Are Doctors Using Social Media?

health-technology-2.jpg

A question I hear frequently from clients is, “Do doctors really use social media professionally?” Pharmaceutical marketers want to know whether they should consider investing in the medium. Defining Doctors’ Use of Social Media First let’s define social media in the professional realm for physicians. It means using social tools to advance clinical knowledge, communication or care; it doesn’t include posting a child’s birthday party photos on Facebook. It can be active, such as blogging or creating a LinkedIn profile, or passive, such as following people on Twitter without ever commenting or posting.

Physicians Are Getting Social As a data geek, I always look to the numbers first to get a sense of what’s going on. Kantar Media tracks digital usage among general and specialty physicians. Among their panel of doctors, 42% report using some form of social media for clinical purposes. A study published last year in the Journal of Medical Internet Research found that about 24% of physicians were using social media daily (often several times a day) to scan or explore medical information. Doximity, a closed physician community that often calls itself “LinkedIn for doctors,” recently announced that they reached 160,000 members, which equates to about 20% of the U.S. physician population. (Read my prior review of Doximity here.)

A qualitative indicator is the number of publications issued of late trying to help doctors navigate the social media landscape. The American College of Physicians released a policy paper in April on maintaining a professional online demeanor, complete with a table outlining the benefits, pitfalls and recommended safeguards for various activities. Dr. Kevin Pho, well-known for his blog KevinMD, recently published a 300-page book titled Establishing, Managing, and Protecting Your Online Reputation: A Social Media Guide for Physicians and Medical Practices.

ZocDoc, a pioneer in online appointment scheduling between providers and patients, issued a white paper titled Marketing for Healthcare Providers: A Primer for the Digital Age this past February. The white paper details the range of digital options available to doctors and provides guidance on selecting the most appropriate ones. Best of all, ZocDoc’s paper provides an interactive ROI calculator to quantify the value of engagement. Value is the key — a doctor must see a return on the time he or she invests in social media for it to become a steady part of his or her professional life.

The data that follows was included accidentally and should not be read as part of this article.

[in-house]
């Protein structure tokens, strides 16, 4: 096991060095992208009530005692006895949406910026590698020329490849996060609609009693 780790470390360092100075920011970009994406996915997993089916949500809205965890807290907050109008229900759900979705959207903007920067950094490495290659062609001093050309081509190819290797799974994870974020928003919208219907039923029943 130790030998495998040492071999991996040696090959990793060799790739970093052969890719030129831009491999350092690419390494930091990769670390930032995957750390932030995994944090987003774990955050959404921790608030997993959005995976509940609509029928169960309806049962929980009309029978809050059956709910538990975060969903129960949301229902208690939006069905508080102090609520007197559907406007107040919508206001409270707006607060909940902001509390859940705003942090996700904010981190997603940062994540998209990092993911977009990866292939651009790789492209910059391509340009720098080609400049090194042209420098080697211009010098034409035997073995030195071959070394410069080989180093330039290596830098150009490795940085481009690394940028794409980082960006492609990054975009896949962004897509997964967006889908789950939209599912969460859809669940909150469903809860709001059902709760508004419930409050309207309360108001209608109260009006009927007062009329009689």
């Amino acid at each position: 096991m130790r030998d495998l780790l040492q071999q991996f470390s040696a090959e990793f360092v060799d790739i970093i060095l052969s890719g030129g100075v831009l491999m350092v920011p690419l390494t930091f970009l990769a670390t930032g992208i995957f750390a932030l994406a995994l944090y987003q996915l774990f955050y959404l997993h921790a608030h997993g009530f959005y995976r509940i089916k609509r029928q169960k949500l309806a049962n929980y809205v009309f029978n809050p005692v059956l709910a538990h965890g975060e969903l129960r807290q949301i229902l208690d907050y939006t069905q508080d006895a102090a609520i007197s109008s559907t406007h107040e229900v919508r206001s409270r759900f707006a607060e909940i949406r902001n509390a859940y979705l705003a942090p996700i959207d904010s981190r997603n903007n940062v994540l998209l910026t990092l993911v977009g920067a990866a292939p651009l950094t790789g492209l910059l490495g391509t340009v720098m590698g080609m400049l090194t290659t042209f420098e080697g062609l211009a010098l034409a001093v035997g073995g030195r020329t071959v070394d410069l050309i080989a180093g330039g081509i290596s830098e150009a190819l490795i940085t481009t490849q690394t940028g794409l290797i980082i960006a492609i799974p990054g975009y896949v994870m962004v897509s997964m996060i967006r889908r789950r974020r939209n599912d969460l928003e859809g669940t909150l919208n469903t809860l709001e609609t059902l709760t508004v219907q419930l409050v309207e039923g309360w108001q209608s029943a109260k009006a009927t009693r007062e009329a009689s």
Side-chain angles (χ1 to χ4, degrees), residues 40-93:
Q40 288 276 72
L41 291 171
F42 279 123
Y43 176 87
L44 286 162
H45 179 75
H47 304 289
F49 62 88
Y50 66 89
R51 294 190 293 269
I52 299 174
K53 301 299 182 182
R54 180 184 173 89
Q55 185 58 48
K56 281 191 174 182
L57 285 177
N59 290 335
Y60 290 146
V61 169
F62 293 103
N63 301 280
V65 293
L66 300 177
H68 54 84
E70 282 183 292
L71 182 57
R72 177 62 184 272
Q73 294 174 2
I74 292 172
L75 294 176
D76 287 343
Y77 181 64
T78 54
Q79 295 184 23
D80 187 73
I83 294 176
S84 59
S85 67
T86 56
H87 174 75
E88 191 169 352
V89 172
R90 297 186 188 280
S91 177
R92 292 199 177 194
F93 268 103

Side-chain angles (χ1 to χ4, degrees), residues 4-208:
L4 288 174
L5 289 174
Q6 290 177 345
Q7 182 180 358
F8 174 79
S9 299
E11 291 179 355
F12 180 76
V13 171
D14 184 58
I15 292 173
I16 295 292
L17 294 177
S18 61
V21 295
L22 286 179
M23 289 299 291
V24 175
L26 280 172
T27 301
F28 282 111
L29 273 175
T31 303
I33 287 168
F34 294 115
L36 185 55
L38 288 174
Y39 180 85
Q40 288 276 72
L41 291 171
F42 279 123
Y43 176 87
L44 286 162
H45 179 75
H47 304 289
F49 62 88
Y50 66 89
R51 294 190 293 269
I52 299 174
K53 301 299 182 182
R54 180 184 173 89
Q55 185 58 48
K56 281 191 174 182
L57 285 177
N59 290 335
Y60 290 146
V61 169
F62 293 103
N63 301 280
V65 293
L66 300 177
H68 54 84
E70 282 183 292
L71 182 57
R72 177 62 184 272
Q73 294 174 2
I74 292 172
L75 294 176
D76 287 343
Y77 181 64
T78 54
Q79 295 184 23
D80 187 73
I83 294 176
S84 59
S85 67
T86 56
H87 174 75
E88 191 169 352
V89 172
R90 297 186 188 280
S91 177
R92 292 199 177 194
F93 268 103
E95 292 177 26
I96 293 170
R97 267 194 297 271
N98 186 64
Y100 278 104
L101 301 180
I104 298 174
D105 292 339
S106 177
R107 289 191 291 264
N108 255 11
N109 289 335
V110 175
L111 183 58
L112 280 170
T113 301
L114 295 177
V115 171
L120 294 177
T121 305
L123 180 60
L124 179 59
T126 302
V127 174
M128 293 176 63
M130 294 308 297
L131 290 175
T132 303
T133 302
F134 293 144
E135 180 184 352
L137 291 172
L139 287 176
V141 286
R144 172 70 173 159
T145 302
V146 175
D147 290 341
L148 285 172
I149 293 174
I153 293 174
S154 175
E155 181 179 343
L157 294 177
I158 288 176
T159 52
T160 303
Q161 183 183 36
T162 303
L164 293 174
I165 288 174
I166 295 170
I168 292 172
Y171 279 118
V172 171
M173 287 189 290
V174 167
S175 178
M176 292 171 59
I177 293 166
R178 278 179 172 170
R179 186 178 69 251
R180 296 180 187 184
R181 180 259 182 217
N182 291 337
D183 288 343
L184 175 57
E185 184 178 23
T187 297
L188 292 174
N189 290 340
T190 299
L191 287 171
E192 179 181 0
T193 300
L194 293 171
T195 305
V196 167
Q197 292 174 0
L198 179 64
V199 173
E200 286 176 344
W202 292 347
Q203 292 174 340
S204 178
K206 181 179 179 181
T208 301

How Exactly Do Physicians Use Social? There are already some who see social media’s power in improving peer communication, patient education and clinical knowledge. Pediatrician Dr. Wendy Sue Swanson, known to many as SeattleMamaDoc, is a huge believer in using social media to provide accurate, medically valid content from a real doctor. She wrote on iHealthBeat recently, “Blogging, joining Twitter, posting videos on YouTube, networking on LinkedIn and listening online was the beginning of the epiphany I had for one-to-many communication. There was a thirst for practical, on-time health advice online, and I could reach thousands.” Cardiologist Wes Fisher uses his blog to cover medical meetings and highlight important scientific advancements. Writing about the recent Heart Rhythm Society meeting, he noticed that more doctors were using social media and predicted that it would “continue to play an important role in sharing, reporting, and explaining the science of discovery as well as the coordination of physician voices in our evolving health care world to come.”

Social Media’s Value Proposition Perhaps history tells us what is in store. Fifteen years ago, the questions were, “Will doctors ever use the Internet? In the office? Related to patient care?” Plenty of authorities emphatically said no.

Here we are in 2013, and virtually every physician office in the U.S. is online, with the vast majority of physicians using computers, tablets and smartphones throughout the day. Why? Because all of these tools enhance doctors’ professional lives. They deliver value.

So when clients ask us whether doctors really use social media professionally, we answer, “Some do. Some don’t. Yet.”

We know the same is true for many pharma companies. As we help our clients navigate regulatory concerns and platform choices, we are mindful that whatever they do in the social space must deliver value to patients and physicians. For us, the bigger question is: “Where are the opportunities for pharma companies to use social media to best connect — and most of all, provide value — to physicians?”

As the value of social media becomes more clear and increases for both physicians and pharmas, so, too, will its use.